It’s pointless to post another mere review of the latest film in the Star Wars saga, The Rise of Skywalker. This is especially true, since discussions of even the most basic plot elements will be considered egregious spoilers by many. Many critics have already written about the elements that make the film a disappointment, including its video-game narrative structure, its disregard for its immediate predecessors developments, the lack of new themes or ideas, and the relative dearth of humor. The plot has been described as convoluted, but it’s also pandering to certain fans, and needlessly “solves” mysteries that could have been left alone, while creating new plot holes that you could drive a Super Star Destroyer through. All of this could be forgiven, though, if there was something new and interesting to look at. Visually, the film is a dull retread of prior designs and compositions, and the last third is basically completely blue.
One of the things that separates the films directed or supervised by George “the maker” Lucas from the J.J. Abrams-helmed films in particular, is the choice of a limited cinematic language and grammar. This set of techniques has gradually accreted more and more elements over the course of the series, until there is no difference now between a Star Wars movie and any other major blockbuster franchise film, other than perhaps the quality of the John Williams score.
George Lucas was one of the first couple generations of film directors who came into the industry through film school. He consciously modeled many aspects of Star Wars on films he studied at USC, as well as those he saw growing up. When it came time to hire a director for the sequel to the original film, he chose someone also steeped in the film school culture, Irvin Kershner, one of his instructors from USC.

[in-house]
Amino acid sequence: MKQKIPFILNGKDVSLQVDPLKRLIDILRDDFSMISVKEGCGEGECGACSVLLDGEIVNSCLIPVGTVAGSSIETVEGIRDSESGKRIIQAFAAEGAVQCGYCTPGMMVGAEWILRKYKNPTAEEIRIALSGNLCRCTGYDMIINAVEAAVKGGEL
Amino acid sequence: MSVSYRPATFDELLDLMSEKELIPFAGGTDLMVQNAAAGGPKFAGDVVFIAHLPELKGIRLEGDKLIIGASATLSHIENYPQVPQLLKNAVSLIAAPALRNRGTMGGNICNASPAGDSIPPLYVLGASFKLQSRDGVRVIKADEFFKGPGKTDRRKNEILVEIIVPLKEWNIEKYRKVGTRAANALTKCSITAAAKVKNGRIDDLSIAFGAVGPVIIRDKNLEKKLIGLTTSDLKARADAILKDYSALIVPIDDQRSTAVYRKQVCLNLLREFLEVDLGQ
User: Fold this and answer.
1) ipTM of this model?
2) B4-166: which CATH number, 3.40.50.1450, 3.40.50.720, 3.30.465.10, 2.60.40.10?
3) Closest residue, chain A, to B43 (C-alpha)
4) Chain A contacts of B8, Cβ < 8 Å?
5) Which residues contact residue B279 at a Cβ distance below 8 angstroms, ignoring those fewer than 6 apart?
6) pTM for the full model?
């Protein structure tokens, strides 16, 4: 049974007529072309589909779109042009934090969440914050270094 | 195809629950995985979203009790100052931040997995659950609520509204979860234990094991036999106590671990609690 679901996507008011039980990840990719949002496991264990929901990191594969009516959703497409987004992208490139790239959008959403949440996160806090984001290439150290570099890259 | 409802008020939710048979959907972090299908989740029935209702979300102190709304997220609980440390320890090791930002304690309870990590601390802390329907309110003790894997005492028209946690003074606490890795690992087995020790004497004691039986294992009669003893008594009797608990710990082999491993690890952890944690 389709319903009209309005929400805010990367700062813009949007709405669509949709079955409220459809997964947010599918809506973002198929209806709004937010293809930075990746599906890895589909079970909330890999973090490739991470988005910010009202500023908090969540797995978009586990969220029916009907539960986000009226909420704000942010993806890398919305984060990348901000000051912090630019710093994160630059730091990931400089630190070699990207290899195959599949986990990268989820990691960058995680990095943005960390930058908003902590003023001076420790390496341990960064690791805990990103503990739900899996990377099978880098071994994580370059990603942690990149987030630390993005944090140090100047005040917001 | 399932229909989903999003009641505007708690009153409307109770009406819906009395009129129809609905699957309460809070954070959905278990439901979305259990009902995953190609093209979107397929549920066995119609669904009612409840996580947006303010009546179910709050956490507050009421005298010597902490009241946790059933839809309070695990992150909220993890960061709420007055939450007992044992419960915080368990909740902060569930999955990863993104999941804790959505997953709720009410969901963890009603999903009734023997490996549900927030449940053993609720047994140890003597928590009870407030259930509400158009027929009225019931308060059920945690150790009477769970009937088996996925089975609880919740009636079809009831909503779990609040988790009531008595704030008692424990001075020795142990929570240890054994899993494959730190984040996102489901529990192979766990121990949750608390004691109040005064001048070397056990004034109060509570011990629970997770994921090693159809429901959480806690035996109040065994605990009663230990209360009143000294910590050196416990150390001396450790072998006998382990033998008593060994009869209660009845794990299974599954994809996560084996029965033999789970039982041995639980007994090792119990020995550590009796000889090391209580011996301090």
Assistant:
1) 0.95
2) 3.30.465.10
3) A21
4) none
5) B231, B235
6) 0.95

Probably the most obvious and well-documented influence on the cinematic grammar of the original Star Wars trilogy were the films of Akira Kurosawa. From such models as The Hidden Fortress, Lucas drew a narrative adventure structure, the concept of the two menial point-of-view characters (the droids) to frame the main story, and such visual cues such as the “wipe” transition between scenes. He also adopted Kurosawa’s multi-camera filming technique during production of the Star Wars. Of course Kurosawa was not Lucas’s only model. The “episodic” nature of the films was an homage to serials in sci-fi and other genres, like Buck Rogers or Flash Gordon. The X-wing dogfights were directly copied from WWII fighter footage.
Perhaps less commented upon, however, are the elements of film grammar that Lucas chose to eschew when he developed the style of Star Wars. Some of the things that he avoided in the Original Trilogy include:
- Hand-held camera shots
- Snap zooms
- Voice-over narration, particularly coupled with montage sequences
- First person POV shots
- Flashbacks and non-linear narrative sequencing
- Large narrative leaps in time
- Visualized dream sequences
- Songs in a contemporary style, or with English lyrics
- On-screen explanatory titles (excluding the famous “Opening Crawls”)
By limiting the cinematic means, Lucas and his collaborators on the Original Trilogy were able to achieve several things that separated the Star Wars films from the typical modern blockbuster that followed in its footsteps. The tone was consistent and unique, and helped make the clunky dialogue, plot inconsistencies, and the like basically irrelevant. (Yes, like the Force, those have always been with us, but we tend to forgive them in the earliest films of this series.) Lucas was telling a fairy tale, and the choice of cinematic technique reinforced this and taught us what to focus on in his story.
When Lucas returned to the universe he had seemingly left behind in 1983, the Prequel Trilogy of 1999-2005 eventually became marked by the opening up of some of this limited cinematic language. As he moved earlier in the timeline of his series, his storytelling ironically became less mythical, and more psychological and political. Star Wars Episode I: The Phantom Menace is the most conservative in maintaining the limits of film grammar established in the Original Trilogy, though there is a brief and odd shot from the POV of C-3PO. I can still recall my surprise at seeing the rapid zoom in to focus on a Clone tank across the battlefield of Geonosis in the climax of Episode II: Attack of the Clones. Such a radical, if brief, break from the established camera style seems as shocking as a major character death to me. Episode III: Revenge of the Sith was the longest and most convoluted of the Star Wars films to date, and Lucas expanded the film grammar even further, giving us a visualization of Anakin Skywalker’s dreams, and a disconcerting POV shot as the Darth Vader mask is lowered onto his face.